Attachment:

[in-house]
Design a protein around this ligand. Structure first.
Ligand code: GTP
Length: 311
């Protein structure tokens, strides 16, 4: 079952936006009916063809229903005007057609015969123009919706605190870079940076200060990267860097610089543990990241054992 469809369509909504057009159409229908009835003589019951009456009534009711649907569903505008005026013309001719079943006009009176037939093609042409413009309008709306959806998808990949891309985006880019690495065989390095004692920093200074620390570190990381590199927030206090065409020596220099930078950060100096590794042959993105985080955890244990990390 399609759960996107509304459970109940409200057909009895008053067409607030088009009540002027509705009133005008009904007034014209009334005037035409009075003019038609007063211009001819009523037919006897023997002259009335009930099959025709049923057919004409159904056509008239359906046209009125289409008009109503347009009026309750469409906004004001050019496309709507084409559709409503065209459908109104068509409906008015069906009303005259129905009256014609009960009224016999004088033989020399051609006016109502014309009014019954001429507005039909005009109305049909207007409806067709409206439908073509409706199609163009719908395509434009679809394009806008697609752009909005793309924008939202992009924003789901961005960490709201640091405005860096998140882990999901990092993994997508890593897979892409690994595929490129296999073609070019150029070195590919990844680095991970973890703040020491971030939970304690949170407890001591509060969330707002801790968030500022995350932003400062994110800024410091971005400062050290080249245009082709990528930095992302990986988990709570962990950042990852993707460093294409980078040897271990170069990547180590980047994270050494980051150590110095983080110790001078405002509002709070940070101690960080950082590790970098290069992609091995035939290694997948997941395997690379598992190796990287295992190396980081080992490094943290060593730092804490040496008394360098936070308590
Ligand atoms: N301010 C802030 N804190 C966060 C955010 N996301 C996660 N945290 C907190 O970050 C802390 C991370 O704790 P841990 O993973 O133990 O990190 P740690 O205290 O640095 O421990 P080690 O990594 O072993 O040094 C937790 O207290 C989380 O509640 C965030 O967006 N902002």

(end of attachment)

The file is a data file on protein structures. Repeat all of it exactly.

[in-house]
Design a protein around this ligand. Structure first.
Ligand code: GTP
Length: 311
């Protein structure tokens, strides 16, 4: 079952936006009916063809229903005007057609015969123009919706605190870079940076200060990267860097610089543990990241054992 469809369509909504057009159409229908009835003589019951009456009534009711649907569903505008005026013309001719079943006009009176037939093609042409413009309008709306959806998808990949891309985006880019690495065989390095004692920093200074620390570190990381590199927030206090065409020596220099930078950060100096590794042959993105985080955890244990990390 399609759960996107509304459970109940409200057909009895008053067409607030088009009540002027509705009133005008009904007034014209009334005037035409009075003019038609007063211009001819009523037919006897023997002259009335009930099959025709049923057919004409159904056509008239359906046209009125289409008009109503347009009026309750469409906004004001050019496309709507084409559709409503065209459908109104068509409906008015069906009303005259129905009256014609009960009224016999004088033989020399051609006016109502014309009014019954001429507005039909005009109305049909207007409806067709409206439908073509409706199609163009719908395509434009679809394009806008697609752009909005793309924008939202992009924003789901961005960490709201640091405005860096998140882990999901990092993994997508890593897979892409690994595929490129296999073609070019150029070195590919990844680095991970973890703040020491971030939970304690949170407890001591509060969330707002801790968030500022995350932003400062994110800024410091971005400062050290080249245009082709990528930095992302990986988990709570962990950042990852993707460093294409980078040897271990170069990547180590980047994270050494980051150590110095983080110790001078405002509002709070940070101690960080950082590790970098290069992609091995035939290694997948997941395997690379598992190796990287295992190396980081080992490094943290060593730092804490040496008394360098936070308590
Ligand atoms: N301010 C802030 N804190 C966060 C955010 N996301 C996660 N945290 C907190 O970050 C802390 C991370 O704790 P841990 O993973 O133990 O990190 P740690 O205290 O640095 O421990 P080690 O990594 O072993 O040094 C937790 O207290 C989380 O509640 C965030 O967006 N902002």